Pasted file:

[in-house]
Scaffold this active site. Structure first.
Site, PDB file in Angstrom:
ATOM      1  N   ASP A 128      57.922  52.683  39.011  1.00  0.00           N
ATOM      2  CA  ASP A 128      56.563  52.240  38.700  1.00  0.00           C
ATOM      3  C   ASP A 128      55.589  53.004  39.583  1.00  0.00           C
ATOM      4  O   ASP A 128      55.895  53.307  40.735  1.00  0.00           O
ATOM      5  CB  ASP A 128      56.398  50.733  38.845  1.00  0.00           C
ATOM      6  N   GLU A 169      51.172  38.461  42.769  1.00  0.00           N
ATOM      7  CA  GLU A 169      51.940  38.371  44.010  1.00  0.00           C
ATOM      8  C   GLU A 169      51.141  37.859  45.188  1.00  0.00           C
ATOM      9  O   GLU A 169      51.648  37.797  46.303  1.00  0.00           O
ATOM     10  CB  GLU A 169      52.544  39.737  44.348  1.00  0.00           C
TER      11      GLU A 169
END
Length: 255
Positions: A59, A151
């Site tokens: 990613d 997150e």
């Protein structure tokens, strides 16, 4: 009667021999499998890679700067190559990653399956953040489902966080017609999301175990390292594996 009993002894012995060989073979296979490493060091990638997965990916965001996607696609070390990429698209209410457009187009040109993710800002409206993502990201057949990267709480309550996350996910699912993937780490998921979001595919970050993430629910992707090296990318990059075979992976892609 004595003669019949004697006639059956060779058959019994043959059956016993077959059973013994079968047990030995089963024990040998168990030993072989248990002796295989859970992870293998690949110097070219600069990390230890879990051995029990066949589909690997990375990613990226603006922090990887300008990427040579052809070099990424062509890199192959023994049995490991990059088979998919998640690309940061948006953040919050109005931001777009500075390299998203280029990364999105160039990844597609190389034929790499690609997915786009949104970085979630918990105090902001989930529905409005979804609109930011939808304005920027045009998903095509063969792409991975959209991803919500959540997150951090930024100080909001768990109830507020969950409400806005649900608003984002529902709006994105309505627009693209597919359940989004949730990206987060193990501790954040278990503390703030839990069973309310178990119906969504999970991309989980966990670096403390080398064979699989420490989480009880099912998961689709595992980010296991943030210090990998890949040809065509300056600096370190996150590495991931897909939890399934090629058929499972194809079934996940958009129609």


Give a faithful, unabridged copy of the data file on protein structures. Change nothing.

[in-house]
Scaffold this active site. Structure first.
Site, PDB file in Angstrom:
ATOM      1  N   ASP A 128      57.922  52.683  39.011  1.00  0.00           N
ATOM      2  CA  ASP A 128      56.563  52.240  38.700  1.00  0.00           C
ATOM      3  C   ASP A 128      55.589  53.004  39.583  1.00  0.00           C
ATOM      4  O   ASP A 128      55.895  53.307  40.735  1.00  0.00           O
ATOM      5  CB  ASP A 128      56.398  50.733  38.845  1.00  0.00           C
ATOM      6  N   GLU A 169      51.172  38.461  42.769  1.00  0.00           N
ATOM      7  CA  GLU A 169      51.940  38.371  44.010  1.00  0.00           C
ATOM      8  C   GLU A 169      51.141  37.859  45.188  1.00  0.00           C
ATOM      9  O   GLU A 169      51.648  37.797  46.303  1.00  0.00           O
ATOM     10  CB  GLU A 169      52.544  39.737  44.348  1.00  0.00           C
TER      11      GLU A 169
END
Length: 255
Positions: A59, A151
């Site tokens: 990613d 997150e």
């Protein structure tokens, strides 16, 4: 009667021999499998890679700067190559990653399956953040489902966080017609999301175990390292594996 009993002894012995060989073979296979490493060091990638997965990916965001996607696609070390990429698209209410457009187009040109993710800002409206993502990201057949990267709480309550996350996910699912993937780490998921979001595919970050993430629910992707090296990318990059075979992976892609 004595003669019949004697006639059956060779058959019994043959059956016993077959059973013994079968047990030995089963024990040998168990030993072989248990002796295989859970992870293998690949110097070219600069990390230890879990051995029990066949589909690997990375990613990226603006922090990887300008990427040579052809070099990424062509890199192959023994049995490991990059088979998919998640690309940061948006953040919050109005931001777009500075390299998203280029990364999105160039990844597609190389034929790499690609997915786009949104970085979630918990105090902001989930529905409005979804609109930011939808304005920027045009998903095509063969792409991975959209991803919500959540997150951090930024100080909001768990109830507020969950409400806005649900608003984002529902709006994105309505627009693209597919359940989004949730990206987060193990501790954040278990503390703030839990069973309310178990119906969504999970991309989980966990670096403390080398064979699989420490989480009880099912998961689709595992980010296991943030210090990998890949040809065509300056600096370190996150590495991931897909939890399934090629058929499972194809079934996940958009129609």